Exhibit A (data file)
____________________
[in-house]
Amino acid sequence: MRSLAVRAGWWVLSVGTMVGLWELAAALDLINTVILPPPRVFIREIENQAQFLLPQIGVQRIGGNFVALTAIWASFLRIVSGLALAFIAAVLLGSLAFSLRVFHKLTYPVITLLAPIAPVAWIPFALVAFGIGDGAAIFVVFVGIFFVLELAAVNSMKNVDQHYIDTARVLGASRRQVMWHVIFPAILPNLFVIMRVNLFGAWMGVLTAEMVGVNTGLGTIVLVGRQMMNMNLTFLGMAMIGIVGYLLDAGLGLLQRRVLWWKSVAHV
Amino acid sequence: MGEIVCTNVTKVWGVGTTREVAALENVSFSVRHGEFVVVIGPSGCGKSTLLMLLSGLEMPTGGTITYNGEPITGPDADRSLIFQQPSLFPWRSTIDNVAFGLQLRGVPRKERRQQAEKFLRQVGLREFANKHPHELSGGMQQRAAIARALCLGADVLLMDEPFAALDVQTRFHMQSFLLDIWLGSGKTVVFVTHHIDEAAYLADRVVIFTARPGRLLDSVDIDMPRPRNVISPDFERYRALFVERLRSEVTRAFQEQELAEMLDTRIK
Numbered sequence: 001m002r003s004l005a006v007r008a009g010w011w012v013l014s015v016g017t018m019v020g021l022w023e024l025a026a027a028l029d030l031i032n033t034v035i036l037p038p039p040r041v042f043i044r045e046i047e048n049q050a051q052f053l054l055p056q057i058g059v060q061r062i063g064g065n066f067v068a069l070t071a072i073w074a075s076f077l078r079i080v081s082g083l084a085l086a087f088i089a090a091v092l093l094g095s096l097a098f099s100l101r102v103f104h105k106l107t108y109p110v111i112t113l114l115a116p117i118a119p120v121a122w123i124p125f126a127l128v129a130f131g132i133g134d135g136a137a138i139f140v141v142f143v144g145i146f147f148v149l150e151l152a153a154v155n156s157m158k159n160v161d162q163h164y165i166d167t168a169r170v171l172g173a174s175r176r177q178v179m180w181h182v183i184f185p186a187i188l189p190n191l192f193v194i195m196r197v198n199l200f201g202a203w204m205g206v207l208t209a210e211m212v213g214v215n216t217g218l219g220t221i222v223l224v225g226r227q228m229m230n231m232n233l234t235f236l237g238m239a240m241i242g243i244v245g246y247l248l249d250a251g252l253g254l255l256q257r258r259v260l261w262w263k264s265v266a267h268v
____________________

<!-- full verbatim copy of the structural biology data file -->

[in-house]
Amino acid sequence: MRSLAVRAGWWVLSVGTMVGLWELAAALDLINTVILPPPRVFIREIENQAQFLLPQIGVQRIGGNFVALTAIWASFLRIVSGLALAFIAAVLLGSLAFSLRVFHKLTYPVITLLAPIAPVAWIPFALVAFGIGDGAAIFVVFVGIFFVLELAAVNSMKNVDQHYIDTARVLGASRRQVMWHVIFPAILPNLFVIMRVNLFGAWMGVLTAEMVGVNTGLGTIVLVGRQMMNMNLTFLGMAMIGIVGYLLDAGLGLLQRRVLWWKSVAHV
Amino acid sequence: MGEIVCTNVTKVWGVGTTREVAALENVSFSVRHGEFVVVIGPSGCGKSTLLMLLSGLEMPTGGTITYNGEPITGPDADRSLIFQQPSLFPWRSTIDNVAFGLQLRGVPRKERRQQAEKFLRQVGLREFANKHPHELSGGMQQRAAIARALCLGADVLLMDEPFAALDVQTRFHMQSFLLDIWLGSGKTVVFVTHHIDEAAYLADRVVIFTARPGRLLDSVDIDMPRPRNVISPDFERYRALFVERLRSEVTRAFQEQELAEMLDTRIK
Numbered sequence: 001m002r003s004l005a006v007r008a009g010w011w012v013l014s015v016g017t018m019v020g021l022w023e024l025a026a027a028l029d030l031i032n033t034v035i036l037p038p039p040r041v042f043i044r045e046i047e048n049q050a051q052f053l054l055p056q057i058g059v060q061r062i063g064g065n066f067v068a069l070t071a072i073w074a075s076f077l078r079i080v081s082g083l084a085l086a087f088i089a090a091v092l093l094g095s096l097a098f099s100l101r102v103f104h105k106l107t108y109p110v111i112t113l114l115a116p117i118a119p120v121a122w123i124p125f126a127l128v129a130f131g132i133g134d135g136a137a138i139f140v141v142f143v144g145i146f147f148v149l150e151l152a153a154v155n156s157m158k159n160v161d162q163h164y165i166d167t168a169r170v171l172g173a174s175r176r177q178v179m180w181h182v183i184f185p186a187i188l189p190n191l192f193v194i195m196r197v198n199l200f201g202a203w204m205g206v207l208t209a210e211m212v213g214v215n216t217g218l219g220t221i222v223l224v225g226r227q228m229m230n231m232n233l234t235f236l237g238m239a240m241i242g243i244v245g246y247l248l249d250a251g252l253g254l255l256q257r258r259v260l261w262w263k264s265v266a267h268v